March 26, 2020 by Cláudia
History shows us that Humankind has the uncanny ability to be resilient in times of unprecedented crisis – epidemics, wars, economic crashes. Covid-19 has certainly proven to be dramatic, showing the fragility of social security and national health service (in the countries where there is one). While at first I was sceptical about whether the virus outbreak was as serious as the media were making it, I am now fully convinced it is at least as serious as it is portrayed. It’s getting hard to find the silver linings. While some people are working from home and rediscovering themselves, not everyone can have the luxury to embark on this self-discovery journey. Thousands will be unemployed. If we were already moving in the direction of an economic crisis, now we are gliding towards it at full speed.
Yet, this crisis has given me some information that has left me slightly more optimistic about the future. Even if so very slightly.
History shows us many incidences in which dramatic change was possible in response to a threat or a catastrophe. But I had never lived a moment like that, the amount of change we need started to seem too overwhelming and I was slowly resigning myself to the idea that it was simply not going to happen. I never stopped acting. I kept organizing and participating in pressure groups. But, little by little, my honest belief that change was possible was fading. We are not any closer to tackling the climate crisis today than we were ten years ago. Governments are still protecting corporate interests, instead of our sustainability as a species.
But now here we are, dealing with a public health pandemic and, despite some faulty and insufficient responses, I find myself slightly more energetic and hopeful. I am left with hope because I have renewed faith in our collective ability to produce real change. To be bold. To demand an ambitious plan that leaves no one behind. To finally put people before profit.
Why exactly did this pandemic leave me slightly more optimistic about our collective ability to deal with the present and future climate catastrophe?
Here’s what this pandemic tells us about our collective ability to deal with crises, disproving all the excuses to not deal with the climate crisis effectively.
People are more than willing to make sacrifices and change their lifestyle as long as they understand the risk.
As it turns out, Humanity is not an uncritical mass. We are sensible. We are capable of change. If the media were constantly updating us on the climate crisis related deaths, scientific predictions, political inefficacy, people would without a doubt act accordingly and demand the change that we need to ensure a livable future.
Governments are capable of fast and effective action.
If they feel like there is no choice. One month ago, it was completely unthinkable that the government would subsidize people to stay home, build new hospitals or to turn cosmetic companies into something of public use. Yet that reality now. Whether due to true concern for the people’s or to fear of general outrage, (most) governments are actually taking action.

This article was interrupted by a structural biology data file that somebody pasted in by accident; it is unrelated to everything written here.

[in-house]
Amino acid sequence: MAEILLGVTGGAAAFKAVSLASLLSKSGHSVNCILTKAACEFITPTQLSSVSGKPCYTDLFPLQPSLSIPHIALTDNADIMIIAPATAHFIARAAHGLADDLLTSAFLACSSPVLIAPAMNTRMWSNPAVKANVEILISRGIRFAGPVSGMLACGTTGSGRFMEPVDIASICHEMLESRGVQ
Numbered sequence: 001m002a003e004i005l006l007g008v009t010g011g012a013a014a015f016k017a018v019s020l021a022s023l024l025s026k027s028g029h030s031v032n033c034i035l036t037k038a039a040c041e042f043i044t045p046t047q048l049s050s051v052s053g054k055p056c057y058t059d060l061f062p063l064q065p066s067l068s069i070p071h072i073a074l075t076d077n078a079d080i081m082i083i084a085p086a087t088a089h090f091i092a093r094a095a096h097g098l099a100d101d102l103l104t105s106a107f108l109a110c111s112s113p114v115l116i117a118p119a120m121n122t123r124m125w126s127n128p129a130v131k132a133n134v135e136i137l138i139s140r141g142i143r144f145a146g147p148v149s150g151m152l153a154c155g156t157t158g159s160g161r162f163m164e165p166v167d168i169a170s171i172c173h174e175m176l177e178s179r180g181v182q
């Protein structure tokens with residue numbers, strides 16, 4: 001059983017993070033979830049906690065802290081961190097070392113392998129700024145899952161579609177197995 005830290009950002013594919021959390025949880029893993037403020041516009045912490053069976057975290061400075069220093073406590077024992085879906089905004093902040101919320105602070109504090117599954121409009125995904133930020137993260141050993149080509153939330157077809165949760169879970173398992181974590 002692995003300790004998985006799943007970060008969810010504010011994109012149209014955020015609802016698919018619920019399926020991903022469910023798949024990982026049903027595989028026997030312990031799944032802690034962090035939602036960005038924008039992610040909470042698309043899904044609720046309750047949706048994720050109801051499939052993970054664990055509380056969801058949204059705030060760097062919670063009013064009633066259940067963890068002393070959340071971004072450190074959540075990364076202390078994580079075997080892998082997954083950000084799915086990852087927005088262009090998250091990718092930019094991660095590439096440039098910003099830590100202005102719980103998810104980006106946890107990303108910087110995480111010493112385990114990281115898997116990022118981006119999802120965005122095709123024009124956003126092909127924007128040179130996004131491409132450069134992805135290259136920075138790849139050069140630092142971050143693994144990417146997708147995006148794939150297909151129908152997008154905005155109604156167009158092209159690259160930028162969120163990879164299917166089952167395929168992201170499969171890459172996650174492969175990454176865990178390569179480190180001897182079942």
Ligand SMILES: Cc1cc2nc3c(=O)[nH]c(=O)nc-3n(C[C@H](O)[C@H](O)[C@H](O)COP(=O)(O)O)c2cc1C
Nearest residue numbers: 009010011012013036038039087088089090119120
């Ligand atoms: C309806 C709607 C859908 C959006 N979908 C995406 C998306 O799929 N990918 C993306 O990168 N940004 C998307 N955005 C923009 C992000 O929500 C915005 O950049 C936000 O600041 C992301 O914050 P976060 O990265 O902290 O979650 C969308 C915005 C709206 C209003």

When the situation is an emergency, money is not an obstacle.
While society is operating on a business-as-usual pace, social and ecological change is often deemed unrealistic or too expensive. When the situation is an emergency, however, some of the ideas that were deemed unrealistic are no longer seen as so. Rather, they are immediately put into practice as the only sensible thing to do. The argument that there is not enough budget to put something into practice actually has nothing to do with the amount of available budget. It has much more to do with where the issue ranks in the priority list. Saying there is not enough money to embark on a just transition to a low carbon society means that it hasn’t yet been a priority. Not that it can’t be done.
The media have an almost omnipotent power to build our perception of reality.
We don’t perceive most of the world’s happenings first-hand. The media modulate them for us. And they have the power to suddenly turn everyone’s attention to a particular issue. Imagine if most people in the world understood exactly how threatening and all-encompassing the climate crisis is. Imagine if we weren’t allowed to forget. To dissociate. To minimize the danger. We would not allow governments to do anything other than deal with it with ambition and no excuses.
“In times of crisis, seemingly impossible ideas suddenly become possible.”
Crises are an opportunity to rethink society. Everything is falling apart: the economy, our lifestyle, our health system. Everything is falling apart, so let’s build something new.
We’re still extremely far from winning against corrupt governments and powerful corporations. We’re probably as far as we’ve ever been to tackling climate change. But there’s a breach in the system. It’s showing its unpreparedness to deal with global threats. And it’s showing that systemic change is possible.
Let’s take this opportunity to fight for the change that we know to be both necessary and possible. Let’s get to work!